Hardware

One IT pro's predictions for virtualization in 2012

Virtualization continues to increase our potential as infrastructure administrators. In this post, Rickatron makes some predictions for virtualization in 2012.

I don’t know about you, but virtualization has been on an exponential curve for me and my career. I first was exposed to virtualization 1999, and it was with VMware Workstation. From there, I’ve developed with almost every VMware product and expanded my virtualization prowess to Hyper-V and other technologies. Virtualization took off for me in 2007 when ESX 3 came into my responsibility set. Since then, life hasn’t been the same.

Looking forward to 2012, I think we’ll see a number of things happen in virtualization. Primarily, I think the leadership gap between VMware and Microsoft will be shortened with the increasing features brought by Windows Server 8 and Hyper-V 3. Make no mistake, VMware will push the envelope and drive innovation in the industry, but also function as a target. Quoting many IT pros with more experience in this game than me, long term bets against Microsoft are not a good idea.

Should the gap between Microsoft and VMware lessen, my next prediction is set up nicely. That prediction is that the actual technologies in play become less important in favor of sophisticated management. The ability to fully support a virtualization environment will be a newfound priority as we go forward. Oddly, this is somewhat a restatement of some of our initial benefits of virtualization by abstracting hardware from operating systems. Full management (such as application to metal for virtualized environments) will come to light in 2012, I predict. In the end, it’s not really about what specific technologies are used to get our jobs done, but what applications are in place to satisfy our stakeholders. The framework to get it all connected is the key.

Lastly, I think that the goal of being 100% virtual will take a back seat to reality. I’m convinced that we will always have the “bricks in the datacenter” that we can’t virtualize. Sure, 100% virtualization would be nice, but I don’t think it will be attainable to everyone, and we shouldn’t stress ourselves trying to get there.

What do you see for 2012 in virtualization? Share your comments below.

About

Rick Vanover is a software strategy specialist for Veeam Software, based in Columbus, Ohio. Rick has years of IT experience and focuses on virtualization, Windows-based server administration, and system hardware.

8 comments
SmartyParts
SmartyParts

My crystal ball... New ideas and products on backing up data are making old-school tape less and less financialy sound. Using virtualization to place back ups offsite will eliminate tape backups for most companies in the 5-10 year time frame and 2012 will be the turning point for this. Using virtualization to manage backups gives point-in-time recovery for files and allows for geographic separation without having to shuffle tapes around. Tapes will fall to something like yearly backups or other less frequent intervals and will eventually go away. Storage Virtualization will lessen the vendor lock-ins we have today and simply make storage a commodity that we provide based on performance instead of hard cabling. We can group high-speed SAN storage from multiple vendors, then group NAS-type storage from multiple sources, and group cloud storage. When a new project needs storage and it gets allocated by performance needs with the virtual layer decides where it actually lives. I'm still new on the concept but I certianly see myself getting my mind wrapped around it for 2012. My Nerdly-Arts senses are tingling for the 2012 year.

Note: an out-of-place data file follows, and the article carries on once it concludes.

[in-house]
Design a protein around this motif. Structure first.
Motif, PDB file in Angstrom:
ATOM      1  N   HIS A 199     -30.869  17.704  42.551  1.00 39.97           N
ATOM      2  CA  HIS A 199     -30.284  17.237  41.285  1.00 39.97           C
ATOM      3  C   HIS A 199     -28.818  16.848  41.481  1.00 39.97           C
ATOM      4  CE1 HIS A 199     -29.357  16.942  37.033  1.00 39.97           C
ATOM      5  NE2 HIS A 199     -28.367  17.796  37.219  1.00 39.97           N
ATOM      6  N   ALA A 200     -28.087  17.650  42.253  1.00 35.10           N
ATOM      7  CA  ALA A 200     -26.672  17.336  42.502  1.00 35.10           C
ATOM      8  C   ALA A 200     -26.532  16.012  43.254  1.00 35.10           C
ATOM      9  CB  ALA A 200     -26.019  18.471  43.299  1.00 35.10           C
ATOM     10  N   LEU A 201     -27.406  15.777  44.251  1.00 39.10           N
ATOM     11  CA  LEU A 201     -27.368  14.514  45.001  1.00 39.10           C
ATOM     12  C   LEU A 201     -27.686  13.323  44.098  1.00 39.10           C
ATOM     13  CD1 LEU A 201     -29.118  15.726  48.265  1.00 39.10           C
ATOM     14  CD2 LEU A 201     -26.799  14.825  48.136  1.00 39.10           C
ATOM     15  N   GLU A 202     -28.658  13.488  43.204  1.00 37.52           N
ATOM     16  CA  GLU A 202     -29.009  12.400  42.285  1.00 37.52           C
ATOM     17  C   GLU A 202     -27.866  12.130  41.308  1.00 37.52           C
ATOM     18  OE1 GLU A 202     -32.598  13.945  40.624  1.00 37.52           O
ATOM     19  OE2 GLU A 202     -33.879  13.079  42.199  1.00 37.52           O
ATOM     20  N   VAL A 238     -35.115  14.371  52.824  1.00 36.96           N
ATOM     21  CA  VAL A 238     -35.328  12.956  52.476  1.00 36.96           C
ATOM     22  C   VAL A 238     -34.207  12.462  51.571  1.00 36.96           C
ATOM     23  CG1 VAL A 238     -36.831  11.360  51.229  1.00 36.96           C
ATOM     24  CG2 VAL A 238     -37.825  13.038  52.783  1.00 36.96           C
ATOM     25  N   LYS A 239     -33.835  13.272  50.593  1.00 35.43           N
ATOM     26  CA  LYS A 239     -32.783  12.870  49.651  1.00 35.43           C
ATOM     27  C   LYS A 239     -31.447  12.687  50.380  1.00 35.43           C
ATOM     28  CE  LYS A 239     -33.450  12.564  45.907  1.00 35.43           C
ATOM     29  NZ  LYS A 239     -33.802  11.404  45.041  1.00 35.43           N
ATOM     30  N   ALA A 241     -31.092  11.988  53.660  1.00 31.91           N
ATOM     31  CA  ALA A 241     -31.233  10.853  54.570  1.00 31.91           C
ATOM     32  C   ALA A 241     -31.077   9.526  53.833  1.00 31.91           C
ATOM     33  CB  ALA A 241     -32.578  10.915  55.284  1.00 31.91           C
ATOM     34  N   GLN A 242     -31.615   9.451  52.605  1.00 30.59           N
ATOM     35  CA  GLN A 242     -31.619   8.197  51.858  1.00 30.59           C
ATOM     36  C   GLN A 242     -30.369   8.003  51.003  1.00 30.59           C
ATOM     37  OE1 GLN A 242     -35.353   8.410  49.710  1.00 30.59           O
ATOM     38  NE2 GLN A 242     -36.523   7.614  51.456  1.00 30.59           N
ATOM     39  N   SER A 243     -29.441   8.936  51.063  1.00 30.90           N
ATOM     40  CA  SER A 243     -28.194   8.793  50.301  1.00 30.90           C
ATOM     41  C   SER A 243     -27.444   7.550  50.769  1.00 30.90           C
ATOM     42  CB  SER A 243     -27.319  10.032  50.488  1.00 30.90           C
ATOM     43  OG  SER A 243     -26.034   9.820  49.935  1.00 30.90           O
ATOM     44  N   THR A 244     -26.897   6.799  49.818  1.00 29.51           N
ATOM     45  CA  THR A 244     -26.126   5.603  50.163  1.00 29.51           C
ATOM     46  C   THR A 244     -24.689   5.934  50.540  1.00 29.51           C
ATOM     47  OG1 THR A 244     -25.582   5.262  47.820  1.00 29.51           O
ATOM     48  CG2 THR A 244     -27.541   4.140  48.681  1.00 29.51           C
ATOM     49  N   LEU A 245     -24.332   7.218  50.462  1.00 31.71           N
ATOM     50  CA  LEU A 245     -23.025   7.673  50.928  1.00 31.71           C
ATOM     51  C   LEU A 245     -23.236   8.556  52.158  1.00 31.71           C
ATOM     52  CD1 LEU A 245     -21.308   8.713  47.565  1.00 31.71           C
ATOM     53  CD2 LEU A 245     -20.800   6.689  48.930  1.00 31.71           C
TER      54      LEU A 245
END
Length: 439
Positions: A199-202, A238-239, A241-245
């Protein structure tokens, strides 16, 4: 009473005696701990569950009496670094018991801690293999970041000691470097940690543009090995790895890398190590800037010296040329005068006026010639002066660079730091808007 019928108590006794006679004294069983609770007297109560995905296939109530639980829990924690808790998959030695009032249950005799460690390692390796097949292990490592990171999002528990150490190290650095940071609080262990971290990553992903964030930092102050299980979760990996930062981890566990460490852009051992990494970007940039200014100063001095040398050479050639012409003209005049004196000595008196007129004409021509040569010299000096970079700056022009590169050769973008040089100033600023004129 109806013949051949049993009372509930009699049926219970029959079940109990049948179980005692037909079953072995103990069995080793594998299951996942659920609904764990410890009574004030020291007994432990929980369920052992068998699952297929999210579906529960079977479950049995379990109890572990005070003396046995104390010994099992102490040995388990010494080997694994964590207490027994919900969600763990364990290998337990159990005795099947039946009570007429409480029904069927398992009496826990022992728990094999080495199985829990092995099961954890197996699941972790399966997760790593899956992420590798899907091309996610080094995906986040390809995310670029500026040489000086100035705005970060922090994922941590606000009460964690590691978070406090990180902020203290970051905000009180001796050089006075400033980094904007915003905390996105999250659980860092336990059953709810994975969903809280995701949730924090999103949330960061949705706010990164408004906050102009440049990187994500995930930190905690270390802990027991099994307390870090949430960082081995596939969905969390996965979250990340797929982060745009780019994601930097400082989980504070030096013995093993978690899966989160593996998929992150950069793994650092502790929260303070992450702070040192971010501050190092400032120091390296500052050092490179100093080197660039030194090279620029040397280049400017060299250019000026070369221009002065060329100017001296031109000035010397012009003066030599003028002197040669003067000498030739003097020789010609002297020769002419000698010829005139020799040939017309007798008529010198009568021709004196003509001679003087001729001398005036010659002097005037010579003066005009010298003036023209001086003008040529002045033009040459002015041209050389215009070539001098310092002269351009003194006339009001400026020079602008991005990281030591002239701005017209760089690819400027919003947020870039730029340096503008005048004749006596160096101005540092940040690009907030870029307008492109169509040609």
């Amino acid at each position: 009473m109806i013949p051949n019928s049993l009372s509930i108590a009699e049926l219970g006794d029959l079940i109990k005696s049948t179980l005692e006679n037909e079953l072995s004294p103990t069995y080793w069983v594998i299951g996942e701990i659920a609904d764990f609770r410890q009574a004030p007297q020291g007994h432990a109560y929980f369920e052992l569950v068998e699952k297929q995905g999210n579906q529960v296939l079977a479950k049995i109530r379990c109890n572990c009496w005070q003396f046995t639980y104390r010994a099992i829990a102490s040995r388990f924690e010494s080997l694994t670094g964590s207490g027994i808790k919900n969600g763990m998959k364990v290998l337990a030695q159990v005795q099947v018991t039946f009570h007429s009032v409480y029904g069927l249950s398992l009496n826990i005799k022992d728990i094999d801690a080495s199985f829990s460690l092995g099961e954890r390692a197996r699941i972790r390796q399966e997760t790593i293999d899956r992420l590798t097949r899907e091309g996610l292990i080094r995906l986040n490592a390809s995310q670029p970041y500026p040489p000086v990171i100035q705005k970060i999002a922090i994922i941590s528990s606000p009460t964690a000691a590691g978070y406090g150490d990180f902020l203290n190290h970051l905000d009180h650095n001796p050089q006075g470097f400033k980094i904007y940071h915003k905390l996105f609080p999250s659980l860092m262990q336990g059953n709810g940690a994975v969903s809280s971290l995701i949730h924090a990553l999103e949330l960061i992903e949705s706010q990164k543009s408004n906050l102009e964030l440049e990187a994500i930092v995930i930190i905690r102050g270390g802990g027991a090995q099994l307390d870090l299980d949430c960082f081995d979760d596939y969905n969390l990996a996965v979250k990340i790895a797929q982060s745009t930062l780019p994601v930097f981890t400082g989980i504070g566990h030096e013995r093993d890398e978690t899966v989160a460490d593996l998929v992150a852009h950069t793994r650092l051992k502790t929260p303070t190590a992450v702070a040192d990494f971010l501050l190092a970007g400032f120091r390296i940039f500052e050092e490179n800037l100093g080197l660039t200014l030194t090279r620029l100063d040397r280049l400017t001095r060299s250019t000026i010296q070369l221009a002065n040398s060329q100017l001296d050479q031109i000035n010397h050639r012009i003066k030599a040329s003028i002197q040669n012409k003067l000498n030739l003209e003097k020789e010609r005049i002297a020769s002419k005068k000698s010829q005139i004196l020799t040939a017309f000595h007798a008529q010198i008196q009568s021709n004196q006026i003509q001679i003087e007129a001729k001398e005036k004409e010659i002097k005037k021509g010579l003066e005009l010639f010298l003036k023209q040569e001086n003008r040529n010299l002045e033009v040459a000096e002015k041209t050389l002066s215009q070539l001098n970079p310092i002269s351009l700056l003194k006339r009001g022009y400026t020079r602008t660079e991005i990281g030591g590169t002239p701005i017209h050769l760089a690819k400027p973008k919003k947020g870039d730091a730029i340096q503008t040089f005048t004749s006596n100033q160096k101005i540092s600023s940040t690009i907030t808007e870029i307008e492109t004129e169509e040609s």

hydroment
hydroment

Not all but a great deal of the discussion in these forums is concerning larger companies with dozens or hundreds of computers and users. I see virtualization moving to the smaller shops with only a few or a dozen required or desired machines. These shops haven't the budget for upgrading several machines to be current, affording an IT guy or the expertise themselves to maintain their infrastructure. Earlier last year I set up a print shop for a couple of brothers in business making signs. They were several years outdated in hardware and software. Clients would send them files they couldn't even open to view let alone manipulate. What we did was install a custom built computer capable enough to serve 3 or 4 virtual desktops, as well as a couple other supplementary vm's. We utilized the existing 3 older machines as dumb terminals, leaving the workload on the server. The older machines were well capable under the surface or in the background to fulfill tasks such as print, network storage, email, web and ftp. Only purchasing one computer w/OS and reusing OS licenses along with Linux and open source the upgrade was much more affordable. The existing desktops were virtualized in the background while normal day to day operations still occurred. The virtualized desktops on the new hardware operated at 2 to 3 times faster than on the older hardware, The backup is centralized and redundant. They can log in from their smartphones to check mail, or retrieve files while on location. IT support can now be handled from anywhere. Long story short, this is what I see to come. Farther down the road, I see windows being steered in this direction. A type I hyperviser loading the virtualized installation of windows right off the setup disk.